Preventing Disease: Drugs vs. Diet
Whether it is relying on mammograms and colonoscopies to prevent deaths from cancer, or trusting drugs to lower cholesterol, it has been found that many people significantly overestimate the power of medication to prevent disease. In such cases, diet and lifestyle is consequentially undervalued. To give you an idea of the seriousness of this problem, research has found that patients believe statin drugs are about a hundred times more effective than they actually are in preventing heart attacks.
Now, this can be considered an issue for doctors as well as those whose lifestyle is compromised, since it is reflective of the fact that many would not take medications if they knew the truth about how powerful certain drugs are likely to be. You won’t be surprised to hear that research shows 80% of people wish to be told the numerical benefit of a drug before starting on it - people want to know the truth. This leads to an awkward ultimatum for doctors; patients have the right to know the effects of preventive drugs in full but there would be a significant reduction in uptake if they were entirely informed.
As an example, a study shows that if taking a cholesterol-lowering drug would reduce your risk of getting a heart attack over the next five years by 100%, then everyone would take it. That’s obvious. Even if there were a 50% chance of benefiting, the majority would still want to take the drugs. But if the chance of benefit is just a few %, very few would be willing to take the drugs every day for the rest of their lives. And that’s what the actual percentage is.
For the majority of individuals there is normally less than a 5% chance of benefit over five years for cholesterol, blood pressure, and blood-thinning drugs. Such a stat shows exactly why doctors are less than keen to share these precise figures with patients. Even high risk patients are said to have less than a 5% chance of benefit.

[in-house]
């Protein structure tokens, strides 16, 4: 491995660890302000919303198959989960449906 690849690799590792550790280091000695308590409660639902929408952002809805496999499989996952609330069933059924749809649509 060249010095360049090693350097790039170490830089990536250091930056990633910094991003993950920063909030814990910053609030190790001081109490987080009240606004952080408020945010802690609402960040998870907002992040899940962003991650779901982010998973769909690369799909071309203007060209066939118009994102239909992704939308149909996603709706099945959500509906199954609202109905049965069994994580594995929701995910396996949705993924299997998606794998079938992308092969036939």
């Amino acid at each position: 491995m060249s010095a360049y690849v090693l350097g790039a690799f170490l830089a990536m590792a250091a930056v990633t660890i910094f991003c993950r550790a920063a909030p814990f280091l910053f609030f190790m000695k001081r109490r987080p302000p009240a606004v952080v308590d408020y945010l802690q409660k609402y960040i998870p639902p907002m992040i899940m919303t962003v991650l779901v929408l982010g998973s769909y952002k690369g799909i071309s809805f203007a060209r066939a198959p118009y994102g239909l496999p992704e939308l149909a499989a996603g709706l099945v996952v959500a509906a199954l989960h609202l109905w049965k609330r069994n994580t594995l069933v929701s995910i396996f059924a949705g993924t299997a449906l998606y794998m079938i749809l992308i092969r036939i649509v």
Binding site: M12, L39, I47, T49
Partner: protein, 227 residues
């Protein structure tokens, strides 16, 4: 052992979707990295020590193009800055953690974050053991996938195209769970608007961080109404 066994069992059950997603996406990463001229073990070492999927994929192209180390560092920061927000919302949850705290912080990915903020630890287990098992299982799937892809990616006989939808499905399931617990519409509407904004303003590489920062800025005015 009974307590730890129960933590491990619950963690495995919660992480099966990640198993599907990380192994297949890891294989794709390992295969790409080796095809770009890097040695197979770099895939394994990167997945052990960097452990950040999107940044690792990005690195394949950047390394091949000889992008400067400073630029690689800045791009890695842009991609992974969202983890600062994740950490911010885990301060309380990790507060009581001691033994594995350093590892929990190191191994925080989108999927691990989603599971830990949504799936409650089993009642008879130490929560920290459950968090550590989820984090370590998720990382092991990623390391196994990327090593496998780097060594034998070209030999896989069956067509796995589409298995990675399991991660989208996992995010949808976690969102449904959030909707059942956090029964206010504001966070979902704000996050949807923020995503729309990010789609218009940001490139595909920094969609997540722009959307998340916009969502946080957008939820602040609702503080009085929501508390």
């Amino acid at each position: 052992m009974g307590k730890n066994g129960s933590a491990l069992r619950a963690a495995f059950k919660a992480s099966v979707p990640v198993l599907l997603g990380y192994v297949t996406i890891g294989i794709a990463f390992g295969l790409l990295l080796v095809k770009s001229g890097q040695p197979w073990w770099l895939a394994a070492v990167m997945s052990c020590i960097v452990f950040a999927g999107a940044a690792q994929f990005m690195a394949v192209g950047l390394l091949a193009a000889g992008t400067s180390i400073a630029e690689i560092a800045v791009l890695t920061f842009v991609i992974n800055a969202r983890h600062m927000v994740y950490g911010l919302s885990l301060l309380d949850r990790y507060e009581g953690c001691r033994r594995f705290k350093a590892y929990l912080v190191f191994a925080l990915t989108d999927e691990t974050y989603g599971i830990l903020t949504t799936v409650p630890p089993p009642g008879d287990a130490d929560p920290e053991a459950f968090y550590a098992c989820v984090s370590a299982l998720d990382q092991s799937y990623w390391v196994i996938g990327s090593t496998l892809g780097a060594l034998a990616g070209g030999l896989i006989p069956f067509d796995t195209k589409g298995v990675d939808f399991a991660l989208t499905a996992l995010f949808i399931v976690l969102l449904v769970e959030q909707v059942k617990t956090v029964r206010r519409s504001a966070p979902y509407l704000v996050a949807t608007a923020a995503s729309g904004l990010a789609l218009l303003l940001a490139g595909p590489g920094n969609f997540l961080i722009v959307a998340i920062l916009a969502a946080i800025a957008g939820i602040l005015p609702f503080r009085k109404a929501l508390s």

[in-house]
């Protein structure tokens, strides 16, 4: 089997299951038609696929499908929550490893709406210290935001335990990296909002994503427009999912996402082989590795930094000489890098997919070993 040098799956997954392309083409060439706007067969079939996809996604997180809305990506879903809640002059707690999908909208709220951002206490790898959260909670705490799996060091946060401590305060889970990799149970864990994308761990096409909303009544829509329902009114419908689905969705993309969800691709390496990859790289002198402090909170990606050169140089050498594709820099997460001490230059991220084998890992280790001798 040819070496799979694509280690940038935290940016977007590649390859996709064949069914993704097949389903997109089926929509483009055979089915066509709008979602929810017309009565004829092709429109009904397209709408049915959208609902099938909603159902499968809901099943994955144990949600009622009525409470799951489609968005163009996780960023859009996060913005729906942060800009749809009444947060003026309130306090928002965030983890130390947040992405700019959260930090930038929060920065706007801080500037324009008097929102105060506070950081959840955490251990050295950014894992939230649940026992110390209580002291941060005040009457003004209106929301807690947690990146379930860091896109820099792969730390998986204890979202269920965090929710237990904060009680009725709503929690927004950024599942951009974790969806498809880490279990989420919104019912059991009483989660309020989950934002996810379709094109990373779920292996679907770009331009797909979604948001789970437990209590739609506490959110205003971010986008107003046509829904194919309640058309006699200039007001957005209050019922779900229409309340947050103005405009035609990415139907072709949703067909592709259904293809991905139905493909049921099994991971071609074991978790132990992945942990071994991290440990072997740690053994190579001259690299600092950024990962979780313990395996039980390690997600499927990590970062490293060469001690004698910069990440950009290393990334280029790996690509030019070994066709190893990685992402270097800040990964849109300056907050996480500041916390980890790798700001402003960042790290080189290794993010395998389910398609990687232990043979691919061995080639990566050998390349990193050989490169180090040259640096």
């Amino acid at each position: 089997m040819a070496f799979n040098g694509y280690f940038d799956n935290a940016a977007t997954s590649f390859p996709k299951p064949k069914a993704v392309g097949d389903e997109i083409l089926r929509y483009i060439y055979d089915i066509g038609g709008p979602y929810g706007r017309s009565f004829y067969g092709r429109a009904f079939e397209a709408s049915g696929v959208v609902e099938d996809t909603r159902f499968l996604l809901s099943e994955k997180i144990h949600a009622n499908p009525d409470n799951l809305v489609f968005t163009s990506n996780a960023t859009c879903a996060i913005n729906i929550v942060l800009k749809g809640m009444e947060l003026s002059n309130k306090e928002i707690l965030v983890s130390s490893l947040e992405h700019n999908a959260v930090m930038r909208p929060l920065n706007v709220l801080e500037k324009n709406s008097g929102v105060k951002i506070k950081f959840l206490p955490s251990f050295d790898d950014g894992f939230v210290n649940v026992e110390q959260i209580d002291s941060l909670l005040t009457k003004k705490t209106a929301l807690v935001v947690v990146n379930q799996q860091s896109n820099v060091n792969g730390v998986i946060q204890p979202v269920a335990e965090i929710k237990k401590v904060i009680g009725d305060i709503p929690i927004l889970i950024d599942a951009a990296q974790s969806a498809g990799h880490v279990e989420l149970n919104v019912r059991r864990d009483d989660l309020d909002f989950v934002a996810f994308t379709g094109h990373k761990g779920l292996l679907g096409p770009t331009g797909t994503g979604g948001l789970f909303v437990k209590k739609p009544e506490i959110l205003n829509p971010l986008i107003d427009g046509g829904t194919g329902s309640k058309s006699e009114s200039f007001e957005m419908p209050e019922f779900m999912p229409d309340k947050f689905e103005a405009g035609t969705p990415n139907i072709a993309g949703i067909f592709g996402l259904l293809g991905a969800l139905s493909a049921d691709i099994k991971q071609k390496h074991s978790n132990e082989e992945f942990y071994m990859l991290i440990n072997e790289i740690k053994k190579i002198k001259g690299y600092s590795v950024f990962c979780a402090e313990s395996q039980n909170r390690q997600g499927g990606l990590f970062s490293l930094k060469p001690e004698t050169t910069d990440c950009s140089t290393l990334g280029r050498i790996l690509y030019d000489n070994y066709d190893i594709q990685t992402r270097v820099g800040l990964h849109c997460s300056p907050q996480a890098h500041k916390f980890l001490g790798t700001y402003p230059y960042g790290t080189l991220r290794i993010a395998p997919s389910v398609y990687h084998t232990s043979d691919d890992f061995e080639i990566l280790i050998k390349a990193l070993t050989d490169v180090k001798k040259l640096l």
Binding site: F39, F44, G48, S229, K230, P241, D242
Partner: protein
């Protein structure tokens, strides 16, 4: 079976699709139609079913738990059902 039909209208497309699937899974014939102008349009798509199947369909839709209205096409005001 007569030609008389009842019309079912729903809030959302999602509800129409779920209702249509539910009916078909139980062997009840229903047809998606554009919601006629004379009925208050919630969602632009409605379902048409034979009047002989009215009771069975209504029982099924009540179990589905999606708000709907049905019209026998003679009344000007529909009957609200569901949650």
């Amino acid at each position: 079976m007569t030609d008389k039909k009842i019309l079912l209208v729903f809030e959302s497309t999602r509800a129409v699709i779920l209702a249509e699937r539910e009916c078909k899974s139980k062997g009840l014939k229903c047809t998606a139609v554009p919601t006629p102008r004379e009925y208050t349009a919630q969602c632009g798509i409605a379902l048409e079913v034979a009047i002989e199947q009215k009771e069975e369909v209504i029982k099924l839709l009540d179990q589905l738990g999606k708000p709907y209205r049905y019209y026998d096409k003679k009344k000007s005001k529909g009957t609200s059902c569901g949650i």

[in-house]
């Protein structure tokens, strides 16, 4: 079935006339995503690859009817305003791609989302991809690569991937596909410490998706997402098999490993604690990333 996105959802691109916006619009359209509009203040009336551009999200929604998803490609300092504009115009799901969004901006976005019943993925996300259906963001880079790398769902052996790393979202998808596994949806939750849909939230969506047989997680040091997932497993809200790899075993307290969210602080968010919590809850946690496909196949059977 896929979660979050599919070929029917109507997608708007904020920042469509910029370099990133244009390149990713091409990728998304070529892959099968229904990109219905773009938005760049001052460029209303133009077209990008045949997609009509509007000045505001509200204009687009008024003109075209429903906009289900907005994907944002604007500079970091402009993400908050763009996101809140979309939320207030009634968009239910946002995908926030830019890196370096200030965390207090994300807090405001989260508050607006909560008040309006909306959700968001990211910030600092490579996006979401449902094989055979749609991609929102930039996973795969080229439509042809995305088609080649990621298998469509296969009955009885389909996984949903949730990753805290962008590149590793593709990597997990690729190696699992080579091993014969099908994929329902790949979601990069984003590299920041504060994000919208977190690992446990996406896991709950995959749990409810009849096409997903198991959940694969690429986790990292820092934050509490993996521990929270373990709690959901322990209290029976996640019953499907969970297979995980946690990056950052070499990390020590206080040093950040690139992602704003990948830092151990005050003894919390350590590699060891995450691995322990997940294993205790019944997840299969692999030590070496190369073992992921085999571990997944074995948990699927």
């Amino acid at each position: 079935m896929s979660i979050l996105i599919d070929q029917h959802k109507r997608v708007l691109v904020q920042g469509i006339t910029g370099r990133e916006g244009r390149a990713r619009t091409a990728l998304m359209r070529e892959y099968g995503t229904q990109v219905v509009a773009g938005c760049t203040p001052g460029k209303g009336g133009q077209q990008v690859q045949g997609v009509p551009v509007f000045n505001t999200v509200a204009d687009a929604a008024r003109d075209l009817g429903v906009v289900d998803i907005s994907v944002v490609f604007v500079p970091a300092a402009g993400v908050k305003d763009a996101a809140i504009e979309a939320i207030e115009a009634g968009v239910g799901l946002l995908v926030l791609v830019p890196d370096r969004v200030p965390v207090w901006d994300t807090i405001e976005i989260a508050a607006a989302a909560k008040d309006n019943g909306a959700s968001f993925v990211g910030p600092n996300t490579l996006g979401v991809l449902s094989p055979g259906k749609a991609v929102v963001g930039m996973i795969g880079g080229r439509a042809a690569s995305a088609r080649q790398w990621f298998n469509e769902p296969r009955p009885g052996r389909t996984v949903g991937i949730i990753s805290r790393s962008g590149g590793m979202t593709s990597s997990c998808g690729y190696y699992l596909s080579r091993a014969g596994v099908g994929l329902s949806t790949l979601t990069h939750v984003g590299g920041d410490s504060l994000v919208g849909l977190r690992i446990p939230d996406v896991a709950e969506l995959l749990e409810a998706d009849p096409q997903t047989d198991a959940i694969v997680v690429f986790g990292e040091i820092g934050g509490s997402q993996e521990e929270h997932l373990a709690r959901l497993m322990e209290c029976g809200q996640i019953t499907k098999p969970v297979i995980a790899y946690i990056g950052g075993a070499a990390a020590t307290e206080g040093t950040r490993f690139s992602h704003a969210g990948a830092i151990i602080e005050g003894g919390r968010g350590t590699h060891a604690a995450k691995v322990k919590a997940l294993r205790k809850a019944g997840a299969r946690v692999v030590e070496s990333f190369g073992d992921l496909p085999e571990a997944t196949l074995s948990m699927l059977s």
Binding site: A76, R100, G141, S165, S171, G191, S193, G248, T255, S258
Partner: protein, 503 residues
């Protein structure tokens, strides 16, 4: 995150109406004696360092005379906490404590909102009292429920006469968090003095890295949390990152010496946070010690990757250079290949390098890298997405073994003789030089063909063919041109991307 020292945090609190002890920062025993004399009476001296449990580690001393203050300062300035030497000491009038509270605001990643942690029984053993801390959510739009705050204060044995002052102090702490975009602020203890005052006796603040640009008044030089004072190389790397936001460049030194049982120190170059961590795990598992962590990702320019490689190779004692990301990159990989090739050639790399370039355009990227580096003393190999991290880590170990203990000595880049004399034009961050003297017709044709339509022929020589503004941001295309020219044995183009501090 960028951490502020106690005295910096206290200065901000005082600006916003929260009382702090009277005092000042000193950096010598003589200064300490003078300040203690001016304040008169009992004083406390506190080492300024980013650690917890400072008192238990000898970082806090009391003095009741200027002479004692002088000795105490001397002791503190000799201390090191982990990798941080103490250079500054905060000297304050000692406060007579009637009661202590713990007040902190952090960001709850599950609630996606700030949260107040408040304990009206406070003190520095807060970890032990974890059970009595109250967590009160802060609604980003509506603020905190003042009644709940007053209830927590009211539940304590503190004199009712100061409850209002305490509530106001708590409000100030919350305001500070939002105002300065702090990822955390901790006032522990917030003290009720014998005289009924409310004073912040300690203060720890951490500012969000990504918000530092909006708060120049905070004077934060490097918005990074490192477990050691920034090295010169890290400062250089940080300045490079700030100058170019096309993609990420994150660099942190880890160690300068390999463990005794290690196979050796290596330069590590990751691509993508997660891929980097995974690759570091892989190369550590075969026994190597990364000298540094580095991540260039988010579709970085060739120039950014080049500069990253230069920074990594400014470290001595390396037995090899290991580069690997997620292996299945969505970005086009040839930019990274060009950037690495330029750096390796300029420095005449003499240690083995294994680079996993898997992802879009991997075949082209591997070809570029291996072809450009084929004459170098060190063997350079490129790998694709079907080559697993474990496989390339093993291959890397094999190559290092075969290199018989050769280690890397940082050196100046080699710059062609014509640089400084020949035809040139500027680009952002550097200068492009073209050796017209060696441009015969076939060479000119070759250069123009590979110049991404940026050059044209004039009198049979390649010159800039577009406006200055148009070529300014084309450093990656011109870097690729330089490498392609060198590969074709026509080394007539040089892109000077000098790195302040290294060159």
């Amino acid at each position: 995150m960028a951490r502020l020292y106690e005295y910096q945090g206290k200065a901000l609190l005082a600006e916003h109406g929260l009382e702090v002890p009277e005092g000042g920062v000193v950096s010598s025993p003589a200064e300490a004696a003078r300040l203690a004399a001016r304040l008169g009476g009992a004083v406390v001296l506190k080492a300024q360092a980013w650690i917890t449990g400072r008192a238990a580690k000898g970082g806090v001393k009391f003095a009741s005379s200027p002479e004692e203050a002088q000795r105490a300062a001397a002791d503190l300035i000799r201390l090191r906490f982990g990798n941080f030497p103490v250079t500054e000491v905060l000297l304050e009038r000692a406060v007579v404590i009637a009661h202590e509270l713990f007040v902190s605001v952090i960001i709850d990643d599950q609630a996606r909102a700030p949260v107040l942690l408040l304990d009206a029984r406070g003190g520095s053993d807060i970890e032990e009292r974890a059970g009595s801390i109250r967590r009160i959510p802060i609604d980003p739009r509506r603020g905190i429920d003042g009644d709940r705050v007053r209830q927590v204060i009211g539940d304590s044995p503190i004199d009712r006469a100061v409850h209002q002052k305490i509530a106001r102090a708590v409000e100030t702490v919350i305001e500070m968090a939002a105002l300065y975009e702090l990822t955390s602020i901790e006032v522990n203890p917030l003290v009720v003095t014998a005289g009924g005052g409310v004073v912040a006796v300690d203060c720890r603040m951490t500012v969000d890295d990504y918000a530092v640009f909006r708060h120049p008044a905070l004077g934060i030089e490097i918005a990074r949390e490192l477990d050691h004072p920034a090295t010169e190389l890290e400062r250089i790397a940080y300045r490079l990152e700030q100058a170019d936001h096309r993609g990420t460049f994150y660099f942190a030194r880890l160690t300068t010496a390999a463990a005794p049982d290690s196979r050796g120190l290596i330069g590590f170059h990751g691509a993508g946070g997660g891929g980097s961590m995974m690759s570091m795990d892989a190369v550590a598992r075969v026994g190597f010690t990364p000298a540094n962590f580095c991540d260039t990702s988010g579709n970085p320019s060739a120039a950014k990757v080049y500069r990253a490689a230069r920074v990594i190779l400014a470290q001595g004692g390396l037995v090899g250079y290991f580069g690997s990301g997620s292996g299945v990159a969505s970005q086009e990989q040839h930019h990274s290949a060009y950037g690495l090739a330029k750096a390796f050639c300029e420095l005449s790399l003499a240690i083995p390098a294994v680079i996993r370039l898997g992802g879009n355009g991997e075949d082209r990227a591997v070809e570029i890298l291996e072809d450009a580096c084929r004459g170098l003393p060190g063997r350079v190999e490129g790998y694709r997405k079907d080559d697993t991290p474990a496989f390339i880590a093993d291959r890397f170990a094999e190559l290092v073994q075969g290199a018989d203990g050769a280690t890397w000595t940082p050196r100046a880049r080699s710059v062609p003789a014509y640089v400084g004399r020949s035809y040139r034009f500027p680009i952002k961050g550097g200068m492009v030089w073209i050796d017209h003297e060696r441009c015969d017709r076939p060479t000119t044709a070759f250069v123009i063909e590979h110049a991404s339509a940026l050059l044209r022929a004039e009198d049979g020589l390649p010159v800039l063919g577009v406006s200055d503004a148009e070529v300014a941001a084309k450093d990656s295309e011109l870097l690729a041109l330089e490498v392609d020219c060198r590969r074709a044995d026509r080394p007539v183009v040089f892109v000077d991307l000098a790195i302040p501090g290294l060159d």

So is a healthy diet more powerful than the drugs?
Science suggests so. The research cited above shows that the most influential cholesterol-lowing drugs can still only provide an absolute risk reduction of 3.1% over six years. In comparison, a whole foods plant-based diet has been found to work an incredible twenty times better with an absolute risk reduction of 60% inside four years. Overall, 99.4% of patients in that particular paper who stuck with the diet avoided major cardiac events, such as death from heart attack.
Everything that has been laid out in this article shows it to be pretty clear that in the battle between drugs and diet as the best way to lower cholesterol, there should really only be one option that our population leans towards. A healthy diet has been scientifically shown to have a significantly more powerful effect on preventing disease, while the risk of potential side effects is of course also non-existent when simply eating healthily.
As if all this already seemed too good or perhaps too simple to be true, eating a cholesterol-free diet can even reverse the progression of the disease in some cases. It is perhaps not surprising to learn that avoiding a cholesterol-high diet is in most cases better for you than eating what you like and swallowing the odd pill now and again.
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